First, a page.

Electronics > Microcontrollers

Measuring current with a microcontroller

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I don't understand why anyone would use those single sourced and expensive Hall current probes, unless they want galvanic isolation, or don't care about costs or long term manufacturing.

But in this case we have so little information on the OP's criteria.

Avelino Sampaio:
The ACS712, 30A version, seems to serve its purpose very well. Its cost is 2$ at LCSC.


Thanks everyone, i decided to bought 2 resistor SMD, one is 4 terminal and the other 2. I will check how much this changes and if its convinient to buy a 4 terminal resistor. Then i bought 3 dedicated op amps, TSC210 ( 200 Gain ), ACS712ELCTR-30A-T ( 30A version ) and INA199C3 ( 200 gain ). With them and some LM358 that i have i will be testing the reliability and precision in all of them. I will be back after checking all of this. Thank you for you help!

You can't derive precision or reliability from just a few parts. For determining the resulting precision of your design, you'll need to work with the worst case specs (spread and temperature coefficients) in the datasheet and do the math.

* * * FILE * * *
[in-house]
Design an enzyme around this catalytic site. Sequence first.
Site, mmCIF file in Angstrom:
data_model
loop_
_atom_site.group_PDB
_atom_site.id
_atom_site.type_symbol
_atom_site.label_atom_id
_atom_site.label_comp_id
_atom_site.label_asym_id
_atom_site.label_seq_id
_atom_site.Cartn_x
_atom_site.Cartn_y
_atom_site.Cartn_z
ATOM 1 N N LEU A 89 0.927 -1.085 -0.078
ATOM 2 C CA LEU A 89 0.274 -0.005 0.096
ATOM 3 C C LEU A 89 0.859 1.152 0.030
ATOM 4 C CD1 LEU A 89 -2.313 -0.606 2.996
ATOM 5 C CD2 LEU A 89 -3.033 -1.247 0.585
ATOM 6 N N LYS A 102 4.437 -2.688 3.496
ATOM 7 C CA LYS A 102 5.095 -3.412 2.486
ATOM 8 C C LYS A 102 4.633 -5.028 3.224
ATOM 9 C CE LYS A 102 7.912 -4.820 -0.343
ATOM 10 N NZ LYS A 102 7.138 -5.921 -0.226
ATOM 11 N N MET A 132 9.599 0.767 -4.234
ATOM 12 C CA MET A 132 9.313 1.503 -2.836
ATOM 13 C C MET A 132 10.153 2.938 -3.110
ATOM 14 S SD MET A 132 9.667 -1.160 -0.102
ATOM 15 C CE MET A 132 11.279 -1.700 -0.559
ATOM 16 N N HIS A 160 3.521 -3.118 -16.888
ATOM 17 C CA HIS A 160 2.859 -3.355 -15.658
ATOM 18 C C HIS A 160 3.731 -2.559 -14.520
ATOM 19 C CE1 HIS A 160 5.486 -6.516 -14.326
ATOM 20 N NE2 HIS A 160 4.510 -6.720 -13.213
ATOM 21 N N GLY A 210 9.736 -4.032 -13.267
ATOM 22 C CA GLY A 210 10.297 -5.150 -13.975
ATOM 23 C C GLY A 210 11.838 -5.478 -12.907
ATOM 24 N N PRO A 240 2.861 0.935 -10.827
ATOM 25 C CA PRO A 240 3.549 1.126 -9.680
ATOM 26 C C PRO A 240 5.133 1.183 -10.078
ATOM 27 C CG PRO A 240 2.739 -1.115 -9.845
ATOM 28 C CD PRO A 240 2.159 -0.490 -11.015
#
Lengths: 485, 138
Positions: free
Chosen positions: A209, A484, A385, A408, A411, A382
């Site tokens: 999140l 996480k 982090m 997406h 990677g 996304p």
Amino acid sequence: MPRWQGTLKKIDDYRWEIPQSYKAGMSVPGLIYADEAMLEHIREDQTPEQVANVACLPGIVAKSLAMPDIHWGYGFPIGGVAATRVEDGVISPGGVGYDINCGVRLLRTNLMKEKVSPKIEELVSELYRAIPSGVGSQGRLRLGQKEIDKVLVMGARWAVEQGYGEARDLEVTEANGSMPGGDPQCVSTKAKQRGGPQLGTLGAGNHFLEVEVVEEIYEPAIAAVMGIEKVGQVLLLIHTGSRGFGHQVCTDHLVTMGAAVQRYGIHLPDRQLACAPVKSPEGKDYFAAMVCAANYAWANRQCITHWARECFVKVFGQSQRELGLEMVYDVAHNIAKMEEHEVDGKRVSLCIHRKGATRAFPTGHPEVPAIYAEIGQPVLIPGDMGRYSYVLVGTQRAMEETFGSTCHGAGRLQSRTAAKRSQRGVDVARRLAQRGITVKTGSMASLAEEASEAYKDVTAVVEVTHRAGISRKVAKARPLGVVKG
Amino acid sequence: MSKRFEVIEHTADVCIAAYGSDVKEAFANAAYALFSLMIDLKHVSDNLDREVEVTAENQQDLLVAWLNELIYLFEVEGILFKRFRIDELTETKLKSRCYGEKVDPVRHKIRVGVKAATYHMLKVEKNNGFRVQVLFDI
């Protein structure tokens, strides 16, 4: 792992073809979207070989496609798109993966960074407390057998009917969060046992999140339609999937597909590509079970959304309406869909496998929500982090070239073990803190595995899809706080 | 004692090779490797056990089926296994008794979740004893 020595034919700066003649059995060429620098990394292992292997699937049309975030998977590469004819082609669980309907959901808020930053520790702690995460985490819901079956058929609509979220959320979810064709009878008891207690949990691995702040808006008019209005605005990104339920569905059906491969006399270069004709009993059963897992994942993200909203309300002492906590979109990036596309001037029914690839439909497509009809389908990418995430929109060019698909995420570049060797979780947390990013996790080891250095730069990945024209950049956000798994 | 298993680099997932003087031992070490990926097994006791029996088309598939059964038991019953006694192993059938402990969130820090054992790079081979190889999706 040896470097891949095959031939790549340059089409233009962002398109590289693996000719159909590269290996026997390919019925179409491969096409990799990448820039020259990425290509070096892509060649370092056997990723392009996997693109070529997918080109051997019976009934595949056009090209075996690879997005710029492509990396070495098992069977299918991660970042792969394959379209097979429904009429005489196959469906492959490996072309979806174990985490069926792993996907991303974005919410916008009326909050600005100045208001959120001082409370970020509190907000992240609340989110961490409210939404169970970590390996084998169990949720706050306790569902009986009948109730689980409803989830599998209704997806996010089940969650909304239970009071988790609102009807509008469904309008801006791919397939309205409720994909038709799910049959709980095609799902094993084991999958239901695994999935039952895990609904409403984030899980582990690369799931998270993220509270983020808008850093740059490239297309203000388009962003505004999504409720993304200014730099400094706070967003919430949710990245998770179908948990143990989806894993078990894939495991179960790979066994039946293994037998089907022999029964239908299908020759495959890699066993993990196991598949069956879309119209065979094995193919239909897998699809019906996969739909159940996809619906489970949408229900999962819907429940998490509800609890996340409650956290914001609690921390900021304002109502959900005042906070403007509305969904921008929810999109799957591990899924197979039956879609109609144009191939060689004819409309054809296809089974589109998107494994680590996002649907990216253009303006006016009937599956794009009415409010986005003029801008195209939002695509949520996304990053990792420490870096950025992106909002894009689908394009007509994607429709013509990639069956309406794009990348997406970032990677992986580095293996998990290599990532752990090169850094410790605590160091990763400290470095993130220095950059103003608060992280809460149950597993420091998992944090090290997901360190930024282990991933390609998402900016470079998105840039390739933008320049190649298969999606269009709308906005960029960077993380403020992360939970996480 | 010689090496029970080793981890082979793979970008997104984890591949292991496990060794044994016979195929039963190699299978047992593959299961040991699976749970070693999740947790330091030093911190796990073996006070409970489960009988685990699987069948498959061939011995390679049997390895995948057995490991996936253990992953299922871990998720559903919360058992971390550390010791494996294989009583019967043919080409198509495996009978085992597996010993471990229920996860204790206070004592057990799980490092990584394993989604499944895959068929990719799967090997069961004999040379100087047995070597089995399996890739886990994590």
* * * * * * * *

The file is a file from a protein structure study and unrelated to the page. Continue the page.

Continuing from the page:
A problem with the ACS712ELCTR and related devices is that the output depends on the supply voltage so you'll need to power it using a voltage reference chip in order to achieve the specs from the datasheet. Normal regulators are 1% at best (typically 2% to 3%). Alternatively you can use the same supply as the reference for de ADC; the error will cancel in that case.

Why not just use a digital current/voltage sensing chip like the INA219 or INA226. They’re better than the ADCs in a MCU.

Or, if this is for lithium batteries, please just use a lithium charging chip with appropriate protection ICs.


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